o Since the only sanction against non-compliance with Kyoto (which is likely to be widespread) is even stricter targets in any successor agreement, the realism of this approach is even harder to detect.
o In addition, even if targets were achievable, the cost of reaching them would be horrendous. Essentially, it would work by raising the cost of carbon-based energy to the point where carbon-free energy sources, and other carbon saving measures, become economic. For Kyoto-style mitigation to be seriously effective, it would involve a substantially greater rise in energy prices than anything we have yet seen despite recent spikes.
o The real cost of this approach is not so much dearer energy as the reduced rate of world economic growth which this would imply. It is far from self evident, not least for the developing countries, that over the next hundred years a poorer but cooler world is to be preferred to a richer but warmer one. Nor should it be overlooked that the Kyoto strategy requires the present and next generation to sacrifice their living standards in order to benefit more distant generations who are projected in any event to be considerably better off.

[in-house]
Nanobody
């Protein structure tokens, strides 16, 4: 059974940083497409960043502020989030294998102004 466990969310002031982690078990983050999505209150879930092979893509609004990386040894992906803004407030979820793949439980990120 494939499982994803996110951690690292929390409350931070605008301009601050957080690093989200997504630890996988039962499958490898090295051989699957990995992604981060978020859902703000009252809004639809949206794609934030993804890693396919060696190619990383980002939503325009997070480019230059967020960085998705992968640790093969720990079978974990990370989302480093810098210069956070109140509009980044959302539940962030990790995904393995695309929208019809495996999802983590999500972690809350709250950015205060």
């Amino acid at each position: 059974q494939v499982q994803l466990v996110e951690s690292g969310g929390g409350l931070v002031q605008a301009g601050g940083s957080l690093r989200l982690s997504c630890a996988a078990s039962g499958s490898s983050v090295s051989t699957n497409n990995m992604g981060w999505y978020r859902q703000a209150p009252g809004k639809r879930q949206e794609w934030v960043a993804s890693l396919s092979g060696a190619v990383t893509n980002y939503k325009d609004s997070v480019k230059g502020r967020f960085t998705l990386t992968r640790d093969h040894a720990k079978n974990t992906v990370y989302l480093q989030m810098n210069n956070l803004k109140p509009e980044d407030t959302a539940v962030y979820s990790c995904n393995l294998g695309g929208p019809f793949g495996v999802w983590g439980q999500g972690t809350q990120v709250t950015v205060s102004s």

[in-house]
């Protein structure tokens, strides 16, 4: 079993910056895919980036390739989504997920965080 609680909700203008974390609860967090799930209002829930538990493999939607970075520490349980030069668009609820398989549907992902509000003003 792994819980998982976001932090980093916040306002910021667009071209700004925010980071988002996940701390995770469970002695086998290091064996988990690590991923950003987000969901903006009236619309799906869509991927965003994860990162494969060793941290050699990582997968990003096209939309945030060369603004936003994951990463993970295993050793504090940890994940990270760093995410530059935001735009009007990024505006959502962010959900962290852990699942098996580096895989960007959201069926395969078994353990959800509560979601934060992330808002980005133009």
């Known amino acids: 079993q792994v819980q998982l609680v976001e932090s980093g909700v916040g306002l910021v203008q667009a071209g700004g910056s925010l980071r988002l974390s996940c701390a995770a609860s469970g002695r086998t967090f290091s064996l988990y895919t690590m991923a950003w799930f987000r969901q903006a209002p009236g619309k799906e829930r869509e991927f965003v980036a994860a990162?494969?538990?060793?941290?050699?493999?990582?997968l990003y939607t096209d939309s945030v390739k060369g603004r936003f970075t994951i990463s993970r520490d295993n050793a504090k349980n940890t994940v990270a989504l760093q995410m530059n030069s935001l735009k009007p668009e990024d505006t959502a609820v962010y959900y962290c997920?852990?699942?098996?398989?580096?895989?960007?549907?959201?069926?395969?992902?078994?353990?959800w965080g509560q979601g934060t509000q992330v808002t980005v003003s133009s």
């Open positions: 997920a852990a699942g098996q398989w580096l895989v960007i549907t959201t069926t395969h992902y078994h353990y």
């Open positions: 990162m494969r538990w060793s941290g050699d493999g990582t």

· Mitigation can however, be a desirable complement to adaptation. Far better than the Kyoto approach is additional support for research into reduced carbon technologies of all kinds, thus bringing forward the time when at least some of these technologies may become economic. A nation which performs relatively well in terms of cutting back emissions is bound to lose out competitively whereas a nation which achieves a technological breakthrough is likely to benefit competitively.
In conclusion, I believe that the IPCC process is so flawed, and the institution, it has to be said, so closed to reason, that it would be far better to thank it for the work it has done, close it down, and transfer all future international collaboration on the issue of climate change, where the economic dimension is clearly of the first importance, to the established Bretton Woods institutions.
It is profoundly important that all governments, most importantly their Treasury departments, make their own independent and rigorous economic analysis of the issue. At the time the Lords committee was taking evidence this, for whatever reason, had not happened in the UK. I very much hope that, following our report, it will.
We appear to have entered a new age of unreason, which threatens to be as economically harmful as it is profoundly disquieting. It must not be allowed to prevail.